Effacement of the Mother

By

I was partially ejected from a M939 five-ton truck during a routine convoy. There was no forewarning. The truck turned left, displacing its weight to the right side. I leaned into the panel and, as it detached from the truck, I started to as well. My eyes tracked left, expecting to meet a fellow airman’s questioning glance. Instead, I saw the M939’s rear dual tires lurching toward me, the tread only inches from my face. The weight of my gear shoved me further out, bending my back the wrong way. My thighs squeezed tightly around the bench, the only thing keeping my legs from exiting the cargo bed like the rest of me. My experience of childbirth bears an alarming resemblance to my injury.

The trauma of childbirth comes with pain management options; however, I felt that if I chose anything other than ‘natural,’ I would be judged. I should be strong enough to endure this, too. Had I not experienced enough pain in war?

Pregnancy is the preamble to childbirth, and ultimately to motherhood. Whether you enter motherhood a willing participant or unexpectedly, you imagine what life will be like once the baby is earth-side. Some, I’m told, imagine beautiful scenes. My pregnancy reminded me of the time between the moment I learned I was going to war and the morning I deployed. In both contexts, I envisioned apocalyptic scenarios in which the world I knew had vanished. The vanished world is the veteran’s and the mother’s own.

The point of the military is to safeguard our freedom. Yet, enlistment is the relinquishing of freedom. You are owned. You are ordered. You have no free will. Everything you do, everywhere you go must be authorized. After four years, when my enlistment ended, I knew freedom again. I didn’t anticipate its untimely murder by motherhood.

Before I met them, I knew the lives of my comrades who I would deploy with depended on my actions. I didn’t know them, I didn’t love them, but I felt the need to care for them. It is the same with my tiny son. I feel the need to care for him, but I’m afraid I don’t yet love him. I think, I hope, love comes later.

A friend I served with posted a picture online of the two of us graduating basic training. My hair was tight and hard, the tail of it rolled up in a doughnut-shaped sock and secured with bobby pins. I smile like a Child of Llullaillaco, drugged with maize beer and coca leaves, unaware I’ve been chosen for sacrifice, allowed to freeze on top of the mountain, beneath the ground. The picture resembles one of the well-preserved Inca mummies. The death of my pre-war self is frozen in time. I’m exposed, open to the elements and the scrutiny of others. If I were lucky, I’d mourn myself only this once, but motherhood sacrifices me again.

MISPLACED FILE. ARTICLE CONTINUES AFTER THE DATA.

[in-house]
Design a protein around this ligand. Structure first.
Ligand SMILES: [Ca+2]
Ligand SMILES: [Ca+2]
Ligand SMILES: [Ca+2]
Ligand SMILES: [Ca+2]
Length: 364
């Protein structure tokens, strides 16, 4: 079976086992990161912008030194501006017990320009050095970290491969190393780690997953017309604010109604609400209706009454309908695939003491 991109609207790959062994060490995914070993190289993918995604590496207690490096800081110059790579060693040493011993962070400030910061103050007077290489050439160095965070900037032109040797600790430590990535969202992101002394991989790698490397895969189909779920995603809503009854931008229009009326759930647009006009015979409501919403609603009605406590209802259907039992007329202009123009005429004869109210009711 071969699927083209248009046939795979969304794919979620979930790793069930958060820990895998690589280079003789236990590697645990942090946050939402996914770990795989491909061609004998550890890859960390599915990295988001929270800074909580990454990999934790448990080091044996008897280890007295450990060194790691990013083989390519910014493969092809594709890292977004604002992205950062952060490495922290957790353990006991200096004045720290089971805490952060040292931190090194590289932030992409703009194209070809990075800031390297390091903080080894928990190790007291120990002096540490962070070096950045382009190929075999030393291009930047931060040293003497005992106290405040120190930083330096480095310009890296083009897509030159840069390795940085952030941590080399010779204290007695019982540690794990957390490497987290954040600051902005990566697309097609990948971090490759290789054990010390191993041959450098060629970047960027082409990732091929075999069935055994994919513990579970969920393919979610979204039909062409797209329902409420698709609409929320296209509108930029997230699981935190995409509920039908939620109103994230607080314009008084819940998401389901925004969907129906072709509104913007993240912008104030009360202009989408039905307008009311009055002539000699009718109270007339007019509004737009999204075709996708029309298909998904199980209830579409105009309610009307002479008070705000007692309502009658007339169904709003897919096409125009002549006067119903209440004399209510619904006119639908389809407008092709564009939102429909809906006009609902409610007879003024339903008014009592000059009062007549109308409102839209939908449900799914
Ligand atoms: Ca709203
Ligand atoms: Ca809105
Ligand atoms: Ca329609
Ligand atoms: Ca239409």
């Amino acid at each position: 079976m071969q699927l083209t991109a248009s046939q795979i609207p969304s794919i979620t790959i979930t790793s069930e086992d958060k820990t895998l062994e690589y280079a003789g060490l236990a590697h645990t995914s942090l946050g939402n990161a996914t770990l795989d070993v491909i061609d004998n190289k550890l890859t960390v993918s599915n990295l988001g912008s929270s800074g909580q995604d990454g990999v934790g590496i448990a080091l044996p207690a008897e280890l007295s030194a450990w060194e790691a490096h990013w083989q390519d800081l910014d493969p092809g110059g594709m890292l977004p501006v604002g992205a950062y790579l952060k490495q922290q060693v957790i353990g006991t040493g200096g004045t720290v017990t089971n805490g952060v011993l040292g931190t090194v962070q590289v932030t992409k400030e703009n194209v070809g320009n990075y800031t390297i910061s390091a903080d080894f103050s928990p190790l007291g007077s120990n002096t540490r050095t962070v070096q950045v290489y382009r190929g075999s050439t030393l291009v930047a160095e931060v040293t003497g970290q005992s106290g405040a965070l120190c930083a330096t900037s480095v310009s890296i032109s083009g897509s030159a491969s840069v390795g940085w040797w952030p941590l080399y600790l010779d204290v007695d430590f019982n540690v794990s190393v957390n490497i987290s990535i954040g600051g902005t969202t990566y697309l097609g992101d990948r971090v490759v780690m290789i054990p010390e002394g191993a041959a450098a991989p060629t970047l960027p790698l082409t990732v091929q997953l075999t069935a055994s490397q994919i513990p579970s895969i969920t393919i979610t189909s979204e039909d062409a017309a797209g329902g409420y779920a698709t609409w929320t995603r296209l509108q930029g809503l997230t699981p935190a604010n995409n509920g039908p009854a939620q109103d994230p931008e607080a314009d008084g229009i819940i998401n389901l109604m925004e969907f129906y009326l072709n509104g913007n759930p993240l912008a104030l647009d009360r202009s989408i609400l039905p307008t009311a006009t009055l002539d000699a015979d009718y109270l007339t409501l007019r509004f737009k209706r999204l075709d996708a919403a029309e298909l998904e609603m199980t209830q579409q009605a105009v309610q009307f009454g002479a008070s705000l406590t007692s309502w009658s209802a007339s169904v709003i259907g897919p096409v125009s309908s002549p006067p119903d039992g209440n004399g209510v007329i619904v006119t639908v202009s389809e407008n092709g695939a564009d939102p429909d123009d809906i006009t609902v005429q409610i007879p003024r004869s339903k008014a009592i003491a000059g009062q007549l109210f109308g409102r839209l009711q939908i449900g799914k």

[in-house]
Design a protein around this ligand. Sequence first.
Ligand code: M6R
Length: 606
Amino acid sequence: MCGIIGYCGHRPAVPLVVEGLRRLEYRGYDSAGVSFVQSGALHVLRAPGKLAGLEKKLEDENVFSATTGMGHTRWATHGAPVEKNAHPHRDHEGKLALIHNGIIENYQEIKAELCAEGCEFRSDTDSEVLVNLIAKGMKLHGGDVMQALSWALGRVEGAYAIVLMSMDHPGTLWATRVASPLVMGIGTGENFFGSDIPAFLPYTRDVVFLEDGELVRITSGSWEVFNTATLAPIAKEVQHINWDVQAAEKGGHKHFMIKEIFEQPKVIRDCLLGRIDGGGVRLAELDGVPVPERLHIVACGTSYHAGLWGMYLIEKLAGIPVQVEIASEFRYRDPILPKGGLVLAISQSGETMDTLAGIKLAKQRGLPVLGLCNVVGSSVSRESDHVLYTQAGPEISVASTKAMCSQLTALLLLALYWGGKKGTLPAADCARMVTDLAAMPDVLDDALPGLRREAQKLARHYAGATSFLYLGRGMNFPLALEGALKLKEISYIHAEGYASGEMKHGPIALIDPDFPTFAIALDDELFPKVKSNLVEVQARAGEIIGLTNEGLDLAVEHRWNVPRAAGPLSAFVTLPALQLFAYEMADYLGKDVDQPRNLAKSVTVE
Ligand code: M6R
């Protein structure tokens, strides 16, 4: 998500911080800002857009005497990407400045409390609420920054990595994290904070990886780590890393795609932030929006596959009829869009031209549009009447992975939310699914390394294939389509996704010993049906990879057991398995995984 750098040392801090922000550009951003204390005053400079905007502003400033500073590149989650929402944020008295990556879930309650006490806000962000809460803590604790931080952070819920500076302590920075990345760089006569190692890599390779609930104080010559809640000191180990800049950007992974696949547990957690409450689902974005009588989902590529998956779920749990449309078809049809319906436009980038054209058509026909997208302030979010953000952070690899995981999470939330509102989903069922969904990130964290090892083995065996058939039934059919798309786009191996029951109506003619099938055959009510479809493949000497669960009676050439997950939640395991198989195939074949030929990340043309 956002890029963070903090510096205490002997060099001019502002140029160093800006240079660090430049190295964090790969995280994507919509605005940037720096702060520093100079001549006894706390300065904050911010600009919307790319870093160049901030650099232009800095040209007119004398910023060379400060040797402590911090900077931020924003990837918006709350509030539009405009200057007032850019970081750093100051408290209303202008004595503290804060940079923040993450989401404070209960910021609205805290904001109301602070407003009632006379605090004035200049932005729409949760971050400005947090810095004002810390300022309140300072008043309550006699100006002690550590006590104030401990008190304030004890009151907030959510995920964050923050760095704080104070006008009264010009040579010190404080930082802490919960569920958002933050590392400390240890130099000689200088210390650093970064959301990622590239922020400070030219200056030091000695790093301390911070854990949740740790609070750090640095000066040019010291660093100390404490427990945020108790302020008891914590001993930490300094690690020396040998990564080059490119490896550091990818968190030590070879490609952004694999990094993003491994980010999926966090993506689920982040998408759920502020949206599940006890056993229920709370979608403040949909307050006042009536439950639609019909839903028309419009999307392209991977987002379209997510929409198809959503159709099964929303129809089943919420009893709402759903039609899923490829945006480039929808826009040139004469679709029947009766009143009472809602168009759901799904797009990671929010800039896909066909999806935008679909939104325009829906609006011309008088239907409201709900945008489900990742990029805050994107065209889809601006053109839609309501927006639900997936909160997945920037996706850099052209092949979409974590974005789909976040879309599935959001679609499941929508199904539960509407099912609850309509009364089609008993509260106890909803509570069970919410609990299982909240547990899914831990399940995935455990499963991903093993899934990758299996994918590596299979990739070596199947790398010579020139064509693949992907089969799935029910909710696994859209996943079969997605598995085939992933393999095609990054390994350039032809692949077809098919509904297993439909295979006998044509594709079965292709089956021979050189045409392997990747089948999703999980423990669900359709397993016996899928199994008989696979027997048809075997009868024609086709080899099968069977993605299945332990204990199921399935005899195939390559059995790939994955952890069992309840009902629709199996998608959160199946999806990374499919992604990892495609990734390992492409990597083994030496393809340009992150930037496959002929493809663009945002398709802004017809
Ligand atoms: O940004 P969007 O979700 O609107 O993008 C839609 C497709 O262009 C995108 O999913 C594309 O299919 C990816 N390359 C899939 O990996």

When I enlisted in the military, I had to wait six months before leaving for basic training. Every morning I expected to run away somewhere the Air Force couldn’t find me. I imagined refusing to ship out to the military entrance processing station. I fanaticized about failing my run time on purpose, or smoking pot before a mandated urine test. When I learned I was pregnant, I waited to feel that same urge to plot my escape—an escape from myself, from motherhood. I waited to feel surrounded, like I’d gone AWOL, like a fugitive.

In basic training, Reveille flooded the speakers in my barracks at 0400. I still recoil at the sound of it in movies or on a civilian’s cell phone. Now, brightly colored toys that make animal noises and play chirpy music litter my living room. My mother visits and sings nursery rhymes. My husband comes home from work and plays “Elmo’s Song” through the surround sound. This is the new soundtrack of Hell.

An actress was quoted saying, “Before you were conceived, I wanted you. Before you were born, I loved you. Before you were an hour, I would die for you.” When I found out I was pregnant, I called you a parasite.

When I came home from war, I felt relief. Now that I’m home after childbirth, I’m still waiting for relief. War ends. Motherhood does not.

Am I happy? I don’t know. I thought motherhood would make me unhappy, so I’m satisfied with my ambivalence. I just don’t know if everyone else is.

I’ve never witnessed a mother in the early weeks of motherhood. I don’t know what it looks like to be successful in those weeks, or to fail. I take comfort that the only measurement for success is whether the child has survived.

Each night I wish my noisy sleeper to slumber soundly and for longer, because his squeaks wake me. When he’s quiet and still, I panic that he’s dead. It seems I’ll never sleep.

In my twenties, I tempted danger. I thought that was the point of the decade. This meant exploring dangerous cities, men, drugs—the typical things that caused loved ones to intervene and keep me from coming undone. Yet what has undone me the most is motherhood. I wait for the intervention.